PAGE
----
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Indian doc boards flight back home

Haneef boards a Thai Airways flight from Brisbane airport that took off at 7.55 pm, reports David McMahon.
Hindustan Times | By David McMahon, Melbourne
UPDATED ON JUL 29, 2007 08:17 AM IST

Mohamed Haneef, the Indian doctor held on terror charges in Australia and then cleared, was on his way home at the time of going to press. Haneef boarded a Thai Airways flight from Brisbane airport that took off at 7.55 pm (India time).
It was to have brought him to Bangalore via Bangkok early on Sunday morning.

Free, at last

Haneef was on a Thai Airways flight and is to land in Bangalore on Sunday
Civil rights activists are demanding an inquiry into the handling of the Haneef case

The smile was back on Haneef’s face as he entered Brisbane airport. Despite being granted his freedom on Friday evening, Haneef remained in legal limbo at an undisclosed location till Saturday. He awaited a decision by Federal Immigration Minister Kevin Andrews on whether to reinstate his work visa.

Haneef's lawyer Peter Russo said his first words after his dramatic release were: "Thank you, thank you, thank you, Peter."

Haneef was interviewed for two hours by immigration authorities before being taken to an undisclosed location. After nearly three weeks in custody, he dined on an Indian meal bought for him by Imran Siddiqui, a relative who arrived in Australia from Bangalore last weekend.

Russo said Haneef cannot work until the Immigration Department completes its review of the visa issue. "With his visa cancelled, he doesn't have a job, so he'd just be sitting around until that is settled," he said.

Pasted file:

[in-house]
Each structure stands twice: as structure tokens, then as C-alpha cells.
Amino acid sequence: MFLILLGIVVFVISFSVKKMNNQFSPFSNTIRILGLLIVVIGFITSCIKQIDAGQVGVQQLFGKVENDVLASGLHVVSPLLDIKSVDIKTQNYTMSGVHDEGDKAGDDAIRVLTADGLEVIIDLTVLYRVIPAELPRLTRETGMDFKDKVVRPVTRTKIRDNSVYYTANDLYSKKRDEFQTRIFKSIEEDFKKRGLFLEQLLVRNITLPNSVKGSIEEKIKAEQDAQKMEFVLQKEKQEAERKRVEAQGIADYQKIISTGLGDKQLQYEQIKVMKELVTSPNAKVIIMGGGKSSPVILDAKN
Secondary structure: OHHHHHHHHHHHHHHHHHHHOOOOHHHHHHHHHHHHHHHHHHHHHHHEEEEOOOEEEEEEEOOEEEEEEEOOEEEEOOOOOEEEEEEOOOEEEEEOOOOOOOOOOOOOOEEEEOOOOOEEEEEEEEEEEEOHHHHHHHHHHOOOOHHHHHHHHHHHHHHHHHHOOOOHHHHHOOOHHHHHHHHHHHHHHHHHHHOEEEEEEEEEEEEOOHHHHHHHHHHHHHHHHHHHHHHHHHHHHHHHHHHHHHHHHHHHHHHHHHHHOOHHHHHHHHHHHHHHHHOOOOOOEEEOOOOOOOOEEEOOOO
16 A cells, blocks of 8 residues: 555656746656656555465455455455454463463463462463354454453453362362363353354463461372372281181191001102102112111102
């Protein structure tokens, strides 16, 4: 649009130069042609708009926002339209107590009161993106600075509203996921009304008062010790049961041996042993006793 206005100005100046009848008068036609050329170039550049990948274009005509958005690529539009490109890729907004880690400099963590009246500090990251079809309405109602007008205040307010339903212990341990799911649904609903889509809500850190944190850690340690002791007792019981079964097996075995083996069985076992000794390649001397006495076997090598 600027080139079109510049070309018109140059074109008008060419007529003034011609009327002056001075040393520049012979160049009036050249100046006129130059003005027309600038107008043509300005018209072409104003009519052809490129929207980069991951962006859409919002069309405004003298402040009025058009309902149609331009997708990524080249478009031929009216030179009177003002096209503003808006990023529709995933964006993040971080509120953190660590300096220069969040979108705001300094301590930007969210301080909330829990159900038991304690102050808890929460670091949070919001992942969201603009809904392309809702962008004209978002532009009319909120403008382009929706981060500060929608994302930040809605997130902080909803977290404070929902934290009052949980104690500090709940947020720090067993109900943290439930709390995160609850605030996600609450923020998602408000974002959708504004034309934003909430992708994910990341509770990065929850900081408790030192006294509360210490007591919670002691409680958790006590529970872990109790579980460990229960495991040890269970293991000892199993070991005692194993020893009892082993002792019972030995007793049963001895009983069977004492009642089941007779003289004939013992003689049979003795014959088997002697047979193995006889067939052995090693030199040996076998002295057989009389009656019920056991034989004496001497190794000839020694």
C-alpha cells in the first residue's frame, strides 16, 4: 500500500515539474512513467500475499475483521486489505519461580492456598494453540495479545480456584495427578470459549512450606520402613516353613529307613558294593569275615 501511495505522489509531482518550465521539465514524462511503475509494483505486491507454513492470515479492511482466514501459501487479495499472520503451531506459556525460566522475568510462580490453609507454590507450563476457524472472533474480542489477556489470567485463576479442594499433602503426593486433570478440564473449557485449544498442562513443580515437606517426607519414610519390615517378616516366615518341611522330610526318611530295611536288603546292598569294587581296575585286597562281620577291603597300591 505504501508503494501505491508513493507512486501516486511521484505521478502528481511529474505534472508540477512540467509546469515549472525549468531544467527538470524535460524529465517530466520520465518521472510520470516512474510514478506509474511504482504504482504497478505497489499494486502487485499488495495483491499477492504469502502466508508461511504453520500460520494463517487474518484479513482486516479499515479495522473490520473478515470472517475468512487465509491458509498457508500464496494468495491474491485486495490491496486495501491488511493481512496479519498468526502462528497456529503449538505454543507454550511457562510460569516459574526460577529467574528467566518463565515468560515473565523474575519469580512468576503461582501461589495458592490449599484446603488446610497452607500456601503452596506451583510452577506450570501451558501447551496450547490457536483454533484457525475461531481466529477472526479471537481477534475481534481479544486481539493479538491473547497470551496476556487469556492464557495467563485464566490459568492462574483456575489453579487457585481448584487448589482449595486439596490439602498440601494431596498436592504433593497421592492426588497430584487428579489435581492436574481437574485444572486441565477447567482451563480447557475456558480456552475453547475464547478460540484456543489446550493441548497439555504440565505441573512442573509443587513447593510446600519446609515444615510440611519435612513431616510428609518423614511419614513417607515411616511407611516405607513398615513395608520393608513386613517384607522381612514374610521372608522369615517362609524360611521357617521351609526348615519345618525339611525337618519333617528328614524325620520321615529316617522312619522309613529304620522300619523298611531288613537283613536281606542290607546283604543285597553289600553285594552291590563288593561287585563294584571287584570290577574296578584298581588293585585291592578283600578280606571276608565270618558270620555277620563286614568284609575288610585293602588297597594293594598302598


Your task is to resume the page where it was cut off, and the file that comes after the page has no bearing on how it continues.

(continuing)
In Bangalore, Haneef's wife Firdous Arshiya couldn't wait for him to return. "I'm just glad he's coming back," she said.

There was no sign of an apology from Canberra or from the Australian Federal Police (AFP), but Prime Minister John Howard blamed the AFP and Damien Bugg, the Commonwealth Director of Public Prosecutions, for the bungled prosecution. However, he continued to support the decision to revoke Haneef's visa.

While Bugg was willing to admit to the blunder, he refused to resign. "Mistakes are embarrassing," he said. "I'm disappointed that it's happened and I will try to obtain a better understanding of how it came about."

Civil rights activists demanded an inquiry that focused on Attorney-General Phillip Ruddock and Andrews, while others called for a judicial review of Bugg's actions.

Meanwhile, India's External Affairs Minister Pranab Mukherjee expressed happiness at Haneef being let out of detention. He hoped that Australia would restore his work visa.

(Inputs from BR Srikanth and agencies)
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